The release of 1-1,5% fatty acids from triglycerides into milk can make it unpleasant in taste (Table 9.2). If lipolysis occurs before the heat treatment of milk and the total number of viable microorganisms is less than 106 / ml, it is most likely that endogenous milk lipases are the cause of this phenomenon. Changes in the taste / smell of milk due to endogenous lipases are rare. Endogenous lipases are denatured during pasteurization, but extracellular lipases secreted by psychrotrophic bacteria (such as Pseudomonas subspecies) are heat resistant. They tolerate pasteurization and (in some cases) short-term processing at high temperature (HTST). Since psychrotrophic organisms can grow at 2-4 ° C, that is, at the storage temperature of milk or cream in tanks, a significant level of lipase can be achieved. Heat-resistant lipases may take weeks to affect the quality of the product, and they are usually more important for the quality of products stored at ambient temperature or for products with a long shelf life.

In cheese making, hydrolysis may be required to obtain the desired taste / odor due to the activity of lipases in rennet [82]. Almost all cheeses with strongAction lipazы of triglitseridы

Fig. 9.5. The action of lipase on triglycerides

 Table 9.2. Concentrations of free fatty acids in dairy products and threshold flavoring values ​​(according to [2])

Product The concentrations of free fatty acids (mg eq. / G of fat)
normal you may experience problems
Powdered milk 0,3 – 1,0 1,5 – 2,0
Ice cream 0,5 – 1,2 1,7 – 2,1
Butter 0,5 – 1,0 2,0
Cheddar 1,2 2,9
brie 1,2
green cheese 40,0

taste / aroma (Stilton, Roquefort, Gorgonzola, Parmesan) this taste / aroma depends on free fatty acids. To obtain the exact proportion of fatty acids that determine the desired taste / aroma, when using microbial proteases to replace rennet starter, it is necessary to add lipases with appropriate selectivity. Problems associated with achieving the required selectivity and the required amount of enzyme have been identified for cheddar cheese, but differences in the content of fatty acids, giving a normal and rancid cheddar, may occur despite very slight differences in the lipase content [58].

Features of physical and chemical reactions

Physico-chemical reactions affecting the quality of chilled products occur as a result of physical changes in the product or subsequent chemical or biochemical reactions. So, this category includes the migration of components as a result of diffusion or osmosis and the absorption of light by natural or artificial pigments.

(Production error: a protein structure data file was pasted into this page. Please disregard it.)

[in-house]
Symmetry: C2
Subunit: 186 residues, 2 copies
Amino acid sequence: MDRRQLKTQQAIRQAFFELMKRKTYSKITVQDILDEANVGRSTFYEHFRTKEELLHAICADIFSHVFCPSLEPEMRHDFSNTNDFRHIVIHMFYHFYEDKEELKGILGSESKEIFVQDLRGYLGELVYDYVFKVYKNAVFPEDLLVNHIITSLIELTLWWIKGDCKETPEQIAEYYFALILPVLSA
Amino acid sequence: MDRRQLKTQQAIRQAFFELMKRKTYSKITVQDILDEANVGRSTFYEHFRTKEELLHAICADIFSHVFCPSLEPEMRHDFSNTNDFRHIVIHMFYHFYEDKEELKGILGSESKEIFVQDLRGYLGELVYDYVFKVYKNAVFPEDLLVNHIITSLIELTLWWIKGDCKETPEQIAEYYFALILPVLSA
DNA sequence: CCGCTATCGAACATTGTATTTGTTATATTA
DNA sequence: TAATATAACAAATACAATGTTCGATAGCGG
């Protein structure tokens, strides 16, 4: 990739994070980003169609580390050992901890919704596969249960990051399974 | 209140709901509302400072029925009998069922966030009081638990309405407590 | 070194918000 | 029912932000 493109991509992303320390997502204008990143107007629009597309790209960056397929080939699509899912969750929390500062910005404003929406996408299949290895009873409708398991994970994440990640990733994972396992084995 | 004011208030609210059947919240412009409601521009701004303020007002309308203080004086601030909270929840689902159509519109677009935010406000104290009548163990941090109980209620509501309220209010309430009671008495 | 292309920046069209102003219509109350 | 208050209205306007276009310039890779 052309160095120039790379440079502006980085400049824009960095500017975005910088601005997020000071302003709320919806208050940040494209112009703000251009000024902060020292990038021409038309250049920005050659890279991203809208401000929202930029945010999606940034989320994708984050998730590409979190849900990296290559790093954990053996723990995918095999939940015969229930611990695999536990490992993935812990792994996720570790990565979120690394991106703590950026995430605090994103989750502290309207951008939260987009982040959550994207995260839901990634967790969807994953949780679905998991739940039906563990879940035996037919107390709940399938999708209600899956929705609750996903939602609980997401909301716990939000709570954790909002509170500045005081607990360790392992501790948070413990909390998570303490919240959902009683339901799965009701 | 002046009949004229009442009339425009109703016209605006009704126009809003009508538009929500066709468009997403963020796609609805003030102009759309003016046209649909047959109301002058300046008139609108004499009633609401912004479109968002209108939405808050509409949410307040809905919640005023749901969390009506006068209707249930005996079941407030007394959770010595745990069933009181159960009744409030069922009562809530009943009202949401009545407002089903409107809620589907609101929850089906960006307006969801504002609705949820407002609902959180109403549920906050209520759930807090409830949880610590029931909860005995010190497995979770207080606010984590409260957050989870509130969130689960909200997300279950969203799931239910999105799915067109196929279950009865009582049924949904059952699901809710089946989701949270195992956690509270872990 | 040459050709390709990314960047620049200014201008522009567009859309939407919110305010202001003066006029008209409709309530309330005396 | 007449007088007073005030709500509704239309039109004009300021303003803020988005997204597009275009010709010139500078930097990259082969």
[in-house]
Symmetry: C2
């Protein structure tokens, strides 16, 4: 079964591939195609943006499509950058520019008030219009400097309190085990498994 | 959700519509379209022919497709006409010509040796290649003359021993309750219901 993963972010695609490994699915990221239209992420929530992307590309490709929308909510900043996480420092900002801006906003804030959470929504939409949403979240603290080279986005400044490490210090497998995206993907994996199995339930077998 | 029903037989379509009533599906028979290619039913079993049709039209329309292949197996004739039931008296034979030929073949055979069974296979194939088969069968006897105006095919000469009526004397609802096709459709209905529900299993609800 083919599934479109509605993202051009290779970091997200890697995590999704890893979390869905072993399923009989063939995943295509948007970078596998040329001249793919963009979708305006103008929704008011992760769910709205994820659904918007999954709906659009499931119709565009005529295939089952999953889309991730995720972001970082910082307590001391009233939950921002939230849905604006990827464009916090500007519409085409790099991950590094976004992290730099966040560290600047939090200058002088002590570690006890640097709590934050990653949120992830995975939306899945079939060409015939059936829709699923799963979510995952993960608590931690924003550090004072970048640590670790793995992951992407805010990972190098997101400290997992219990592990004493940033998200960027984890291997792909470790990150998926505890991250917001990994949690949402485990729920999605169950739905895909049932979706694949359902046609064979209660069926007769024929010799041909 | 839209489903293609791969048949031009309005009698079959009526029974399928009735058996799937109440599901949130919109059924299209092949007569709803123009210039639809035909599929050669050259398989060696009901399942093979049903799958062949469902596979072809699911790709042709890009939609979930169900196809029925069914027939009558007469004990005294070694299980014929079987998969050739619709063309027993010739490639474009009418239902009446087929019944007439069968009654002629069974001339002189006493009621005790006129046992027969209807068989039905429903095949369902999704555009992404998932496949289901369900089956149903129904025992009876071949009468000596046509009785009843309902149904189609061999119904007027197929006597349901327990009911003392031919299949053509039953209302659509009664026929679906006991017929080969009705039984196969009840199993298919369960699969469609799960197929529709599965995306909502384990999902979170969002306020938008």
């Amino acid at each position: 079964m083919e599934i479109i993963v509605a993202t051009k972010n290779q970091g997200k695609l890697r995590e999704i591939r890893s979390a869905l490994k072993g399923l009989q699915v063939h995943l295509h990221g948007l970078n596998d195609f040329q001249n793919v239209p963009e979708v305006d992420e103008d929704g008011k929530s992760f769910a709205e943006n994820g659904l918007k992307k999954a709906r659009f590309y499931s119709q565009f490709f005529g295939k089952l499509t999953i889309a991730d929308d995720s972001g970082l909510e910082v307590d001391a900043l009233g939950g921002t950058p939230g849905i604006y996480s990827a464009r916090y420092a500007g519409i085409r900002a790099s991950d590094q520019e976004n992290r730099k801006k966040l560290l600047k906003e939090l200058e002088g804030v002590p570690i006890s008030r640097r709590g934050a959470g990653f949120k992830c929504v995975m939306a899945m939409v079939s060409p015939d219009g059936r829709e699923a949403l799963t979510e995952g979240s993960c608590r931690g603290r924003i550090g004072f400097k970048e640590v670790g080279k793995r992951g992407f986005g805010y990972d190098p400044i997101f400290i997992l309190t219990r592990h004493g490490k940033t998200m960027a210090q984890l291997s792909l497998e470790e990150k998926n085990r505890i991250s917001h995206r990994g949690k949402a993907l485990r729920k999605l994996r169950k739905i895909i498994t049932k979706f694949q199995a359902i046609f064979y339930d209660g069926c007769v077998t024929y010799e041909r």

Some of the most important physical and chemical reactions in the refrigerated products

migration of components

In mayonnaise-based salads, such as coleslaw (raw cabbage, carrot and onion salad) and potato-based salads, the observed quality changes are organoleptic changes associated with the distribution of oil and water between mayonnaise and plant tissue [108]. In the case of coleslaw, an increase in extractable solids from cabbage by 13,5% and an increase in the transparency of cabbage indicated that it absorbed oil from mayonnaise within 6 hours after mixing [109]. In mayonnaise, a change in the oil content was expressed in an increase in the polydispersity of the size of the fat globules. In addition, the migration of water from cabbage to mayonnaise, due to the difference in osmotic potential, led to the fact that during the same time during which cabbage became more transparent, mayonnaise became liquid and non-enveloping. Studies of differences between cabbage varieties in terms of oil absorption showed that during storage of Dutch cabbage, there was no change in the estimation of mayonnaise in terms of creaminess-oiliness, while fresh English cabbage showed a significant decrease in this parameter. Other ingredients with a large difference in the osmotic potential relative to mayonnaise (for example, celery and raisins) can also cause problems due to moisture migration leading to the separation of water in the form of droplets on the surface of the mayonnaise.

One of the most well-known quality problems associated with the migration of water is the “wetting” of sandwiches. To provide a barrier to moisture, its migration from the filling to bread can be reduced at the interface by using fat-based pastes [63]. In products based on dough products (for example, pies and pizza), moisture migration from fillings and decoration into a flour product causes similar problems. The migration of moisture or oils may be accompanied by the migration of dyes dissolved in them. For example, in a pizza filling where the cheese and sausage come into contact, red stripes become visible on the cheese, and in multilayer cakes, color migration between layers can worsen their appearance (if you do not use the appropriate coloring method). The migration of enzymes from one component to another (for example, when sliced ​​unplaned vegetables come into contact with dairy products) can lead to problems with taste and aroma, color or texture (depending on the enzymes and substrates used) [57].